Many rent affordability measures compare median household income to median rent. Because household income includes both home owners and renters, median household income is almost always higher than median renter household income.
For the comparison shown in the table embedded below I chose instead to compare median renter household income compared to median rent. (In both cases I used 1 year ACS data; 2018 data at the county level is limited to the counties shown, other place data may be available but I chose to include only the City of Portland). I also did not make any inflation adjustments to the 2014 data.
Even using this more conservative renter median income metric the Oregon growth in median renter household income from 2014 to 2018 was generally higher than the growth in median rent.This would reduce rent burdens for median renter households renting a unit at median rent.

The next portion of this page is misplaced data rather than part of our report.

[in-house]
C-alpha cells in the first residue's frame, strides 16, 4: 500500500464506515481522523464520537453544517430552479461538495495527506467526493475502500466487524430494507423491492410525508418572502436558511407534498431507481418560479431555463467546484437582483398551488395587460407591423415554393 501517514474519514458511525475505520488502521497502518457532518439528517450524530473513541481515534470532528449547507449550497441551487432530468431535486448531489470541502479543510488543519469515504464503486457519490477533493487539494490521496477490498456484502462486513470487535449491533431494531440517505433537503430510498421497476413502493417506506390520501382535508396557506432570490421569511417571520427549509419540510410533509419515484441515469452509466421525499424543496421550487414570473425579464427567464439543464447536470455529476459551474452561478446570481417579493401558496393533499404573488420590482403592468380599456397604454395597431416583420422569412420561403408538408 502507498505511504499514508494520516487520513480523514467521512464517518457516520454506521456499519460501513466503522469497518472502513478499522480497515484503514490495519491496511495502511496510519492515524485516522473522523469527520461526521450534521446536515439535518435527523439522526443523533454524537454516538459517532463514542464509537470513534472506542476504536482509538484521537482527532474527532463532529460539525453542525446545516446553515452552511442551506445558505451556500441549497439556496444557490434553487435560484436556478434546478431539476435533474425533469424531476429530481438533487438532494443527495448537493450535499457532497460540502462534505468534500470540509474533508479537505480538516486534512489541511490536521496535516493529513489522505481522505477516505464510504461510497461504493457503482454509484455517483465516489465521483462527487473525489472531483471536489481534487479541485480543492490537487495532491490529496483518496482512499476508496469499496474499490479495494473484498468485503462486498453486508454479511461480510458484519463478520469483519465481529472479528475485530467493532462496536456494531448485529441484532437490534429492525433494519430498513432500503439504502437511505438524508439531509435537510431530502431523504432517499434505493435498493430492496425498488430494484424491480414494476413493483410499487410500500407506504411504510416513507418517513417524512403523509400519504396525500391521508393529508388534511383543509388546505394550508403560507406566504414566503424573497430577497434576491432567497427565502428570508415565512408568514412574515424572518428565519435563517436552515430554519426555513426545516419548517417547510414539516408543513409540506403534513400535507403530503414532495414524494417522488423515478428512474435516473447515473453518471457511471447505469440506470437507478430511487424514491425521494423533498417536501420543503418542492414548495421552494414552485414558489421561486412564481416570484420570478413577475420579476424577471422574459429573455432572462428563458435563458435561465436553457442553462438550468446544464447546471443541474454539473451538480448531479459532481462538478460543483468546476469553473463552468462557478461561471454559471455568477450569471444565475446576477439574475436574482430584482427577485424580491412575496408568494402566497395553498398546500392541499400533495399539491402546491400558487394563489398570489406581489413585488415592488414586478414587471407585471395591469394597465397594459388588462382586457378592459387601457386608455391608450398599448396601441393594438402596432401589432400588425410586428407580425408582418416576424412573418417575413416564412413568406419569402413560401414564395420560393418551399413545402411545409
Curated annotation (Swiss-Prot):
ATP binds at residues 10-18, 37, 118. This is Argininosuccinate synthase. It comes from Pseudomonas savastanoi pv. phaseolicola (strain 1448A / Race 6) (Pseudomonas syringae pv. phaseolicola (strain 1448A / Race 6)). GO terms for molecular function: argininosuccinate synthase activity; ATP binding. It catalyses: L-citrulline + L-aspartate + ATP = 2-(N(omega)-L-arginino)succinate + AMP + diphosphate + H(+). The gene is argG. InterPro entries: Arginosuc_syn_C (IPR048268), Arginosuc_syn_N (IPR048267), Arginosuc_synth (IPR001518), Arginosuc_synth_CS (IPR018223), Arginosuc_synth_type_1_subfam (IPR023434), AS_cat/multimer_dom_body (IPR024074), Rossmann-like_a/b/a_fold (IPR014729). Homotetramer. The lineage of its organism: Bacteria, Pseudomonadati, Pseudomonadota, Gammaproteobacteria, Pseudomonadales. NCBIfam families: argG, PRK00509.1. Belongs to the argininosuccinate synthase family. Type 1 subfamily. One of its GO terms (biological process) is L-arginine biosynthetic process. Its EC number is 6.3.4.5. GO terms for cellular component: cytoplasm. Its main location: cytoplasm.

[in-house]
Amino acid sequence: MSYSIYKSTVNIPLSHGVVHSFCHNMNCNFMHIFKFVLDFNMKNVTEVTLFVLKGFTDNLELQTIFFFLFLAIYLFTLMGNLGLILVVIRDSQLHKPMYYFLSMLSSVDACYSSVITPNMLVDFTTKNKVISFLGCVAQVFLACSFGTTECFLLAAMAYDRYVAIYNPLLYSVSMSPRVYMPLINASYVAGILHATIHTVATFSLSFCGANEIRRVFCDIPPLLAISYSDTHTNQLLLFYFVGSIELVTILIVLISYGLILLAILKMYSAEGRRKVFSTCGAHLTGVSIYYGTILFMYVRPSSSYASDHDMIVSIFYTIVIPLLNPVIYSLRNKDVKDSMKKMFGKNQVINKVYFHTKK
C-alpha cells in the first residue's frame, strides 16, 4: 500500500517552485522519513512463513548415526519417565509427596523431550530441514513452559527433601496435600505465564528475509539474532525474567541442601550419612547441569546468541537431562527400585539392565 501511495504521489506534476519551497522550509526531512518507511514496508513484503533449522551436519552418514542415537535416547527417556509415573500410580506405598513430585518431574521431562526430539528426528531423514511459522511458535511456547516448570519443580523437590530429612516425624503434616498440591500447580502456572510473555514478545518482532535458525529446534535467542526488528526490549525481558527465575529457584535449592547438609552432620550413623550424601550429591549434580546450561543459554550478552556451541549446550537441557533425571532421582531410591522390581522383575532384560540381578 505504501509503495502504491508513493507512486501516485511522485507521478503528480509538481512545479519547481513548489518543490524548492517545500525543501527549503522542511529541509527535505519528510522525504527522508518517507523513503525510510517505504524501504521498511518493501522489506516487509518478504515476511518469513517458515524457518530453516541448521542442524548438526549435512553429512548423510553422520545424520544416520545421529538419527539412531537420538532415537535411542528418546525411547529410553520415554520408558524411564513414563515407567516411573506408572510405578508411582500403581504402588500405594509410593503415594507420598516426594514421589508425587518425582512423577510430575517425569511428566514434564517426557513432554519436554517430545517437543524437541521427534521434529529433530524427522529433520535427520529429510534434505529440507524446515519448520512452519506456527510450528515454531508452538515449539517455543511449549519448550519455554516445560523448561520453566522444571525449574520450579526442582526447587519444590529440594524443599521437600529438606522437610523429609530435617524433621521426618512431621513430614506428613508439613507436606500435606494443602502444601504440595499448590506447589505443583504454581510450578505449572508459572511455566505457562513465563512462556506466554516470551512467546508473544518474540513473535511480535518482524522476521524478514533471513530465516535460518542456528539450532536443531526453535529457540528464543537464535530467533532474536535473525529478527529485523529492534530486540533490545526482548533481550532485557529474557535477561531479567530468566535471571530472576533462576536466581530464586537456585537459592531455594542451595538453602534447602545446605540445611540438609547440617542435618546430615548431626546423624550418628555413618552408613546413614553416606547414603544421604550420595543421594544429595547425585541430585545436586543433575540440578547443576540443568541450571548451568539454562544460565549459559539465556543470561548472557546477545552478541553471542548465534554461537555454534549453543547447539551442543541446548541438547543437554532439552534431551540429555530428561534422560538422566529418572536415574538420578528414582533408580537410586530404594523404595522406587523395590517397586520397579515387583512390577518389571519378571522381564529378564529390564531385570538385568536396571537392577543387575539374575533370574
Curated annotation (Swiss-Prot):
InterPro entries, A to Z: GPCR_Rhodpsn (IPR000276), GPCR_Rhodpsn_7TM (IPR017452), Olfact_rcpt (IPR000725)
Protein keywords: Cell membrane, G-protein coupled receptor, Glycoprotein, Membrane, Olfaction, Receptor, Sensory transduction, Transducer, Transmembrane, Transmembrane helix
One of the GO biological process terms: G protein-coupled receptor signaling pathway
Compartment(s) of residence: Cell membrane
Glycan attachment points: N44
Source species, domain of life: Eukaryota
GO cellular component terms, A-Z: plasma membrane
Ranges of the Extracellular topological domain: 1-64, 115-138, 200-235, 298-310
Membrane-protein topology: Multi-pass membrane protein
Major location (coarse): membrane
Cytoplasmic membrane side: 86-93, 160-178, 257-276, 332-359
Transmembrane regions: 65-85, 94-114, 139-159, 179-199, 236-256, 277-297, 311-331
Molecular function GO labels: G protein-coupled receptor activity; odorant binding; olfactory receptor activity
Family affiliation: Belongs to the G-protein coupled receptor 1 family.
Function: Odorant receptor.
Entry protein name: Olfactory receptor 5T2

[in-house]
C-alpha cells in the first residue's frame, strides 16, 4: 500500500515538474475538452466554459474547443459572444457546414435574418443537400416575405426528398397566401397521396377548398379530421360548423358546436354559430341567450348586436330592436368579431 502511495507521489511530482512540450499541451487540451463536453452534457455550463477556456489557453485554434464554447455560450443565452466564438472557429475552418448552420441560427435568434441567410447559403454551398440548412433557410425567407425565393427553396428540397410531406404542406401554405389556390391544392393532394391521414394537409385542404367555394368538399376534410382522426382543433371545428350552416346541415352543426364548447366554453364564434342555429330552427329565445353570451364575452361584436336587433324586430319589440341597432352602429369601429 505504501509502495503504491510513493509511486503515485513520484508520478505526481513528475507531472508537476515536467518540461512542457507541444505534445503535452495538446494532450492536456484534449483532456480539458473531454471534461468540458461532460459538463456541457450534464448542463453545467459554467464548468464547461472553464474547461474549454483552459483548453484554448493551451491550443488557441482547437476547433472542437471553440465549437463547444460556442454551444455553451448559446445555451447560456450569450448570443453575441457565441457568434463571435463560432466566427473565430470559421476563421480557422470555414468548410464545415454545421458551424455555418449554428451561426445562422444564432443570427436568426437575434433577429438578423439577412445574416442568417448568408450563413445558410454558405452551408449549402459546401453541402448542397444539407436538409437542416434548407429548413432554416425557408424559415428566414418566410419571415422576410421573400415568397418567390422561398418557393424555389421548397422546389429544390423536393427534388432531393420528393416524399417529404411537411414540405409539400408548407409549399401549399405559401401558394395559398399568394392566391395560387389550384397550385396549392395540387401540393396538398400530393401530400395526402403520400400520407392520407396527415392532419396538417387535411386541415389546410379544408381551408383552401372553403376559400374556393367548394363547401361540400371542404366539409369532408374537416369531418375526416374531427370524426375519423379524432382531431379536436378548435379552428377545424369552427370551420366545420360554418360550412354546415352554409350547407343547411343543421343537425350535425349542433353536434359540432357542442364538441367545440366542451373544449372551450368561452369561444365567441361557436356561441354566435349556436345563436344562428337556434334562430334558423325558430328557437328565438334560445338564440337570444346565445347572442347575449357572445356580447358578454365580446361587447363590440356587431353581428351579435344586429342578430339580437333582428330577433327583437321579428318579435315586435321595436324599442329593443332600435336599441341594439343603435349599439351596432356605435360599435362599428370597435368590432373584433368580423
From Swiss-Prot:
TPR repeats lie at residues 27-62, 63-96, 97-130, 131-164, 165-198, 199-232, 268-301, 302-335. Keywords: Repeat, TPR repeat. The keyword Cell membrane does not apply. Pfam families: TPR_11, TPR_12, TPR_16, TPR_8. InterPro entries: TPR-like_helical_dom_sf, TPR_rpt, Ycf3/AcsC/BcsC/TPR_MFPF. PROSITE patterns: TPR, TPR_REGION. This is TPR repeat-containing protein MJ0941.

For the entire state median renter income increased by 30% while median rents grew by 15%. This reduced the share of median renter income required to pay the median rent from 36% to 32%.
For the City of Portland median renter income increased by 47%, while median rents grew by 38%. This reduced the share of median renter income required to pay the median rent from 38% to 31%.
Originally created and posted on the Oregon Housing Blog.